97213.4 MB of source GML data generates 91.9 MB of target SVG data.
98
99\begin{figure}
100\includegraphics[width=0.5\textwidth]{plots/Throughput.pdf}
101\caption{Performance Comparison for GML2SVG}
102\label{perf_GML2SVG}
103\end{figure}
104
105
106Figure \ref{perf_GML2SVG} compares the performance of the GML2SVG application linked against
107the Xerces, \icXML{} and \icXMLp{}.   
108On the GML workload with this application, single-thread \icXML{} 
109achieved about a 50\% acceleration over Xerces,
110increasing throughput on our test machine from 58.3 MB/sec to 87.9 MB/sec.   
111Using \icXMLp{}, a further throughput increase to 111 MB/sec was recorded,
112approximately a 2X speedup.
113
114An important aspect of \icXML{} is the replacement of much branch-laden
115sequential code inside Xerces with straight-line SIMD code using far
116fewer branches.  Figure \ref{branchmiss_GML2SVG} shows the corresponding
117improvement in branching behaviour, with a dramatic reduction in branch misses per kB.
118It is also interesting to note that pipelined \icXML{} goes even
119further.   In essence, in using pipeline parallelism to split the instruction
120stream onto separate cores, the branch target buffers on each core are
121less overloaded and able to increase the successful branch prediction rate.
122
123\begin{figure}
124\includegraphics[width=0.5\textwidth]{plots/BM.pdf}
125\caption{Comparative Branch Misprediction Rate}
126\label{branchmiss_GML2SVG}
127\end{figure}
128
129The behaviour of the three versions with respect to L1 cache misses per kB is shown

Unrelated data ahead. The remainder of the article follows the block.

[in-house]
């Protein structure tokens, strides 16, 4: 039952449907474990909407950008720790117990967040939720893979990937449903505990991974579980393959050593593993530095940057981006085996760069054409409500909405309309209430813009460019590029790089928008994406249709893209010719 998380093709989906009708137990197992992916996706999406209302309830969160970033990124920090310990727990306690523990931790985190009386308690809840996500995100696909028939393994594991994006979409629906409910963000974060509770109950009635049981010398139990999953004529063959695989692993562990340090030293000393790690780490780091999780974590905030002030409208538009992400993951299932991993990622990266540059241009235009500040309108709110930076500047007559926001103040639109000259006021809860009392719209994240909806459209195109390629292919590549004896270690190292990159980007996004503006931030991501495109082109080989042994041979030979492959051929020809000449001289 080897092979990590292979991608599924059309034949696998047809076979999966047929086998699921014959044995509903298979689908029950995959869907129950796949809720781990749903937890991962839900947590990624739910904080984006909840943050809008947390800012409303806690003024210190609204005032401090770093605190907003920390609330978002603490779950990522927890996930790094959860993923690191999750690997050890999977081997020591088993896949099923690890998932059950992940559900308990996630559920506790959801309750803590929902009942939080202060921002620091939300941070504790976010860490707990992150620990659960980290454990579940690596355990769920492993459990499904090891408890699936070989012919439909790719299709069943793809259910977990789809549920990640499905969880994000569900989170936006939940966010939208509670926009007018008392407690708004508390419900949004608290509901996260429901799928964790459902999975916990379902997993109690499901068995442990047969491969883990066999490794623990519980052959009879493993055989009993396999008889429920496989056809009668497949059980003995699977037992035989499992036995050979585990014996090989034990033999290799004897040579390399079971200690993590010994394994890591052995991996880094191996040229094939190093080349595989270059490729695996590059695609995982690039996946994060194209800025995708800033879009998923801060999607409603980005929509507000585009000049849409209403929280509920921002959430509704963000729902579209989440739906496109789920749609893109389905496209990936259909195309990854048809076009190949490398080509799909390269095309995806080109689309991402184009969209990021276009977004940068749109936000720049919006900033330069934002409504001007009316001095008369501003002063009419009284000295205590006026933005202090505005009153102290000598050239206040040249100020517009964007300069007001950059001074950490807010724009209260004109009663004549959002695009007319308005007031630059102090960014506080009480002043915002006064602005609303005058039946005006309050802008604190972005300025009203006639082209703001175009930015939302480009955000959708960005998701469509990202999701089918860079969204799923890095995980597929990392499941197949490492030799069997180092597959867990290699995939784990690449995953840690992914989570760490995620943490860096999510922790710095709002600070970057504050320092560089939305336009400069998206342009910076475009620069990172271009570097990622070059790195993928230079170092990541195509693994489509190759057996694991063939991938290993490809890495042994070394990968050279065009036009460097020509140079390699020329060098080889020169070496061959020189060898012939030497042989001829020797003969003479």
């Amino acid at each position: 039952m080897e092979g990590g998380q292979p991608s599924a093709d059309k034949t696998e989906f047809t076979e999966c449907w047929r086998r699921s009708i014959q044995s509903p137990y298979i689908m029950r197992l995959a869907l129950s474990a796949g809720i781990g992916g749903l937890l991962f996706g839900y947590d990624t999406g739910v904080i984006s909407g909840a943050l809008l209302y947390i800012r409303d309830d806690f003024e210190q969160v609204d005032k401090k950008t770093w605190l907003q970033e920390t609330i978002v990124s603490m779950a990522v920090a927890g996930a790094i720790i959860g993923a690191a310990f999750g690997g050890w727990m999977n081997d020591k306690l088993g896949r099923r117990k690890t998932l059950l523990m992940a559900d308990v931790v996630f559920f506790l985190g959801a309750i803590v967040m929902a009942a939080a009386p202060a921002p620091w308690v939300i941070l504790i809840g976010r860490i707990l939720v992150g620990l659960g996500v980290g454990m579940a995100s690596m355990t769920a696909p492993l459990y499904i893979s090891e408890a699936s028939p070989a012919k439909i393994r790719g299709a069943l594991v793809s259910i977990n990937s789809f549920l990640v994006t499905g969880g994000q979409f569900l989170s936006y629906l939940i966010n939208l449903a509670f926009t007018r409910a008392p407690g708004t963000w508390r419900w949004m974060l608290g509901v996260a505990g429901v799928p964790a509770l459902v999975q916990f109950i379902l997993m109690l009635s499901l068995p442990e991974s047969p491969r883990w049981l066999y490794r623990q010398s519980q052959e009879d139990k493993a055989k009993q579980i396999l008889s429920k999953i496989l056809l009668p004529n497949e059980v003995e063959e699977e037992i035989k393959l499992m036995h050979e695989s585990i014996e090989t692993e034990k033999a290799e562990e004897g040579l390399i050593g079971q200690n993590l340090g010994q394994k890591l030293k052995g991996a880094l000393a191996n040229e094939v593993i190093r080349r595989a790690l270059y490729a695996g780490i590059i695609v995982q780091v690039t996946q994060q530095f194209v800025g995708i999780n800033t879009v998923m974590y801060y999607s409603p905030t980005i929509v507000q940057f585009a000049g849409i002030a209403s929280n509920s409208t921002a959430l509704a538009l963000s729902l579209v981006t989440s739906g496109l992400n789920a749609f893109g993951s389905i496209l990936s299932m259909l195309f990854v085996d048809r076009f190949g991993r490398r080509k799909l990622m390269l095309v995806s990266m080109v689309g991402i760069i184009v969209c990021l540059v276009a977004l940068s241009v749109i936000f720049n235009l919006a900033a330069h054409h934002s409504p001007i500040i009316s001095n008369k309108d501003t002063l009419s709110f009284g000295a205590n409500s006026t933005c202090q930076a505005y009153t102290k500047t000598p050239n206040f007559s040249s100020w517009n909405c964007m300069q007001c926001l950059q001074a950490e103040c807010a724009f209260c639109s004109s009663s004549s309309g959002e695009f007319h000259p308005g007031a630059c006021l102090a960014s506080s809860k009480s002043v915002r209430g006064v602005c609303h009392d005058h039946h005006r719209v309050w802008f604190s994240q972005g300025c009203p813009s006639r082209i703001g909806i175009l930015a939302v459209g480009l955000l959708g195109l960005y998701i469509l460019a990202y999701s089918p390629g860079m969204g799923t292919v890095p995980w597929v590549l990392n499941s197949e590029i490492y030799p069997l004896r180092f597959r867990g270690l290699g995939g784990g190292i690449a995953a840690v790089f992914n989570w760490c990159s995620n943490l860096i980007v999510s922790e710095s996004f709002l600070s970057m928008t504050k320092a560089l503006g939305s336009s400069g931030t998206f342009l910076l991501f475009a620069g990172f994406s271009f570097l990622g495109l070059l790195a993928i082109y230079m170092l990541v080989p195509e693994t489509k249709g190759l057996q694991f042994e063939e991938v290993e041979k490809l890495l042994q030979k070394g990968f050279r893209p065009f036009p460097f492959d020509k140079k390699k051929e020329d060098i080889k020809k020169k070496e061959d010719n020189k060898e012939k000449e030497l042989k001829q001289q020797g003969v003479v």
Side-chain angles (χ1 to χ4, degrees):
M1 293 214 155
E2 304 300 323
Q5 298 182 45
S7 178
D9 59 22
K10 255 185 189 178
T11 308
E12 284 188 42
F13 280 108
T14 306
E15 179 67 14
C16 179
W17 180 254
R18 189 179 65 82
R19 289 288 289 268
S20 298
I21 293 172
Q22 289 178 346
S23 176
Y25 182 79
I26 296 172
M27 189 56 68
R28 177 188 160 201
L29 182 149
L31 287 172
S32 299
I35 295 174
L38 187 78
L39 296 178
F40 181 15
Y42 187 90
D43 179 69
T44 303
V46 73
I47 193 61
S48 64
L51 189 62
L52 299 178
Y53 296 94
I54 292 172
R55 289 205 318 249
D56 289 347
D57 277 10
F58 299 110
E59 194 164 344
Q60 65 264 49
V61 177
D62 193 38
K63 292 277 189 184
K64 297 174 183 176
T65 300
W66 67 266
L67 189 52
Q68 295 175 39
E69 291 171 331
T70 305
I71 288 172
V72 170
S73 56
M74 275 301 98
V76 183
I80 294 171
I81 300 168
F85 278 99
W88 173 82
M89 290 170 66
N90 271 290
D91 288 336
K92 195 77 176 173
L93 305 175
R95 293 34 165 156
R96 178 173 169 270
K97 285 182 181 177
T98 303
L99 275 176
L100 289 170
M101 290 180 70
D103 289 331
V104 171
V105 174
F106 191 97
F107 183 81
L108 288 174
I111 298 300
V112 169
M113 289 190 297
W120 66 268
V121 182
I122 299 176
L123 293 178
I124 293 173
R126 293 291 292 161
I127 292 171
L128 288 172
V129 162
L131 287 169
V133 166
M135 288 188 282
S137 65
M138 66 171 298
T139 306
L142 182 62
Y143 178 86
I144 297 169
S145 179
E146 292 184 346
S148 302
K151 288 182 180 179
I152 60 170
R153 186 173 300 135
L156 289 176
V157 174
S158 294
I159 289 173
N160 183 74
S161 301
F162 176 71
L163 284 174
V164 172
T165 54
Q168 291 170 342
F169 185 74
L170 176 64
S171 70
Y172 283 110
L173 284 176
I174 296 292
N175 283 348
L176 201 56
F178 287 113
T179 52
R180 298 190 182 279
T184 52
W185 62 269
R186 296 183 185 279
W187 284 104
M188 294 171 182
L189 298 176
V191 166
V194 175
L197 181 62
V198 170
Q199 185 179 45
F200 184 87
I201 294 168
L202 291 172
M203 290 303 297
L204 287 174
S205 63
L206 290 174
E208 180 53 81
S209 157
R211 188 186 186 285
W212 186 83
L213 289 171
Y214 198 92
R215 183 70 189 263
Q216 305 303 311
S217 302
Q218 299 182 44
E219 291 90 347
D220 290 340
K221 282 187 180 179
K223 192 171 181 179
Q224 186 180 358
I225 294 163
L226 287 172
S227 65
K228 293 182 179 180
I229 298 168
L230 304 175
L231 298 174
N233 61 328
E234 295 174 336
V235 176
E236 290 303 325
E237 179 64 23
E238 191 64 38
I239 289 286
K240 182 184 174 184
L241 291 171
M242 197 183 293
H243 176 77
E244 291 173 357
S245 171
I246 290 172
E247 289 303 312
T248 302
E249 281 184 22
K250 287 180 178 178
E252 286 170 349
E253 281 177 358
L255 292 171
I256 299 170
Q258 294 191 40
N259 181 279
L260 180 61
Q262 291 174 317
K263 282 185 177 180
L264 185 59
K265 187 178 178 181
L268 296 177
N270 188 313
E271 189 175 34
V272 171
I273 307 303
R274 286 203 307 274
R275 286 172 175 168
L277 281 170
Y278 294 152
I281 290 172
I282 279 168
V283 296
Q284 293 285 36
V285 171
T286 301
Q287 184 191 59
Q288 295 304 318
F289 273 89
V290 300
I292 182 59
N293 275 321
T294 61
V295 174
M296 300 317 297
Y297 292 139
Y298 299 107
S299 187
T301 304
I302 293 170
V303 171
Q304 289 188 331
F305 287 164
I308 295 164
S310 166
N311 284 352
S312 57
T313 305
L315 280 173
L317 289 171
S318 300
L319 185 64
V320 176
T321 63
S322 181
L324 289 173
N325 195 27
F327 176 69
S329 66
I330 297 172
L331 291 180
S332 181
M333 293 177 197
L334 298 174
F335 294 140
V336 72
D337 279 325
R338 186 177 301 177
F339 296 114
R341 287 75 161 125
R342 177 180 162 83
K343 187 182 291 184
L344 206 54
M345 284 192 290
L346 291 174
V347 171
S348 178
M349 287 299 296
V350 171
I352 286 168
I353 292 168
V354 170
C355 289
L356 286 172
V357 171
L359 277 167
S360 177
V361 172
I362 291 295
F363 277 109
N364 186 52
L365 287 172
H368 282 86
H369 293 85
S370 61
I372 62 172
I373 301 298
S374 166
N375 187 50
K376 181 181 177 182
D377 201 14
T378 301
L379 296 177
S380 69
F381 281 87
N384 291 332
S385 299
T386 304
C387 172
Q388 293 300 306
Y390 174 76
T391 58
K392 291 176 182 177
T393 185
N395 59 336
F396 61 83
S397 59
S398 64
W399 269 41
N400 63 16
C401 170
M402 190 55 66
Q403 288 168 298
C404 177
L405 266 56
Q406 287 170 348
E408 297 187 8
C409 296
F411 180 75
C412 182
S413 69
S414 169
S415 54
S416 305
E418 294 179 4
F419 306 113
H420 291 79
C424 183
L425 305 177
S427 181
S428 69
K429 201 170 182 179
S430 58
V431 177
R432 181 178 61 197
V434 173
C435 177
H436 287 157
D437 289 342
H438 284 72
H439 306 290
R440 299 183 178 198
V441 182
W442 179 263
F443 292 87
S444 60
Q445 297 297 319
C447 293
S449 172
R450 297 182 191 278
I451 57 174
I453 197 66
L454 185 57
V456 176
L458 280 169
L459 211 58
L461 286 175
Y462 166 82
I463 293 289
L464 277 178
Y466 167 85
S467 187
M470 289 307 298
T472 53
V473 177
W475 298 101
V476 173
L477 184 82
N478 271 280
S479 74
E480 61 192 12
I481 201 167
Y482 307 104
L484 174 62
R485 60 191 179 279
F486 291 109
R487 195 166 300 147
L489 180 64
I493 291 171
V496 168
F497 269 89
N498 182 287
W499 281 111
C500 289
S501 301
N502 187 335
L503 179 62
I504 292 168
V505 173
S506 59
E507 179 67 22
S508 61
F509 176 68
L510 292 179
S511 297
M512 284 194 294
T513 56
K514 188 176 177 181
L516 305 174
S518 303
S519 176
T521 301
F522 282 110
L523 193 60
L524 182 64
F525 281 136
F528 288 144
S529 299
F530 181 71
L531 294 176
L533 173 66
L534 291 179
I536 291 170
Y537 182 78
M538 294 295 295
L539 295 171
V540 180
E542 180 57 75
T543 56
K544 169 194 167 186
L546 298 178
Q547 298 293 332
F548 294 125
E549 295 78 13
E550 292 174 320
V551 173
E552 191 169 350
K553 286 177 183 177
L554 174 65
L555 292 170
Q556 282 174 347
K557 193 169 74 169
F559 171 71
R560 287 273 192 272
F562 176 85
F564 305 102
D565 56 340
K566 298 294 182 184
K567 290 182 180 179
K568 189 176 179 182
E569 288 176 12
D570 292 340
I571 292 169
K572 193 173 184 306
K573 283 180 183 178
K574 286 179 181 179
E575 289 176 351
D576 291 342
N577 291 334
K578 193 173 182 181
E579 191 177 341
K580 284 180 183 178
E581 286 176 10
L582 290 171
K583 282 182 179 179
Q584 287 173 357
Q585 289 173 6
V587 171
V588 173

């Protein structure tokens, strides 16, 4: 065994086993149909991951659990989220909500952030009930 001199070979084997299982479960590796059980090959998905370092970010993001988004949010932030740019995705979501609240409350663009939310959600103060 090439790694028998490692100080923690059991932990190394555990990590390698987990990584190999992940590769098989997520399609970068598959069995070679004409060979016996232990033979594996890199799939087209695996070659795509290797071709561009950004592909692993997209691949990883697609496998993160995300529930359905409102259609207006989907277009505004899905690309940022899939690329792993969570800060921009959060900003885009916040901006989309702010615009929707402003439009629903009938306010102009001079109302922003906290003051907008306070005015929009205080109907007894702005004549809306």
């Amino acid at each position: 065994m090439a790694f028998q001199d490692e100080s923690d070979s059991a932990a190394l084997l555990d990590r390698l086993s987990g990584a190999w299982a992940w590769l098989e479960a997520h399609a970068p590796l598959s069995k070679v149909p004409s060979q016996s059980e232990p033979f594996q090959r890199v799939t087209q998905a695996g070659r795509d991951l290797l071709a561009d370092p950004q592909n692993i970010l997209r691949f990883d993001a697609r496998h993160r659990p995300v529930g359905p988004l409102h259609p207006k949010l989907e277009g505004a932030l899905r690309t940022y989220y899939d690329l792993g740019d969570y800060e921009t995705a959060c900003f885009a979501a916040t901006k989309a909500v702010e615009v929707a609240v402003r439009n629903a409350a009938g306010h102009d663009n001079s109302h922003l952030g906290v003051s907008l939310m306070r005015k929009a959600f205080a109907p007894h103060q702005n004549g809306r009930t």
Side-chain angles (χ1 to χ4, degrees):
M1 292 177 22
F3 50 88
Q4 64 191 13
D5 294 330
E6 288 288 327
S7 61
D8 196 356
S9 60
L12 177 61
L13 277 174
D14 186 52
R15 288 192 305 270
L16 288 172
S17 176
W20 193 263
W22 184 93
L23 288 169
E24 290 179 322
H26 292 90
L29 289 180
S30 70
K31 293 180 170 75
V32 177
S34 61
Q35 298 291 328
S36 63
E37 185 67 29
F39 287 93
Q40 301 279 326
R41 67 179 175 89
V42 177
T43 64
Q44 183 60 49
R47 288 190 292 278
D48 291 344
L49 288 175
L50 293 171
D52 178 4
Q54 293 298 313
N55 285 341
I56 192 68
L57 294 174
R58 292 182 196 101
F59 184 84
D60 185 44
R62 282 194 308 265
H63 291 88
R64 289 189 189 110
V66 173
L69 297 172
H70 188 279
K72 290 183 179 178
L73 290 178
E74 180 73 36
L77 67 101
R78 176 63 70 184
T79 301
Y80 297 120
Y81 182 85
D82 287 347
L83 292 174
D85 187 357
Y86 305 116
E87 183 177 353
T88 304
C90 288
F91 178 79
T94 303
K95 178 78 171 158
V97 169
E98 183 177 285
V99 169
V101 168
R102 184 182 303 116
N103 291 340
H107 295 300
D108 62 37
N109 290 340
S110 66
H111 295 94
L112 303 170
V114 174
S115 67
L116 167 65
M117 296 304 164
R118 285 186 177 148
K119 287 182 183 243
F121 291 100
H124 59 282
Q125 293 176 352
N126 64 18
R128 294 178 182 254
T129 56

130in Figure \ref{cachemiss_GML2SVG}.   Improvements are shown in both instruction-
131and data-cache performance with the improvements in instruction-cache
132behaviour the most dramatic.   Single-threaded \icXML{} shows substantially improved
133performance over Xerces on both measures.   The pipelined version shows a slight
134worsening in data-cache performance, well more than offset by a further dramatic
135reduction in instruction-cache miss rate.   Again partitioning the instruction
136stream through the pipeline parallelism model has significant benefit.
137
138\begin{figure}
139\includegraphics[width=0.5\textwidth]{plots/CM.pdf}
140\caption{Comparative Cache Miss Rate}
141\label{cachemiss_GML2SVG}
142\end{figure}
143
144One caveat with this study is that the GML2SVG application did not exhibit
145a relative balance of processing between application code and Xerces library
146code reaching the 33\% figure.  This suggests that for this application and
147possibly others, further separating the logical layers of the
148\icXML{} engine into different pipeline stages could well offer significant benefit.
149This remains an area of ongoing work.
150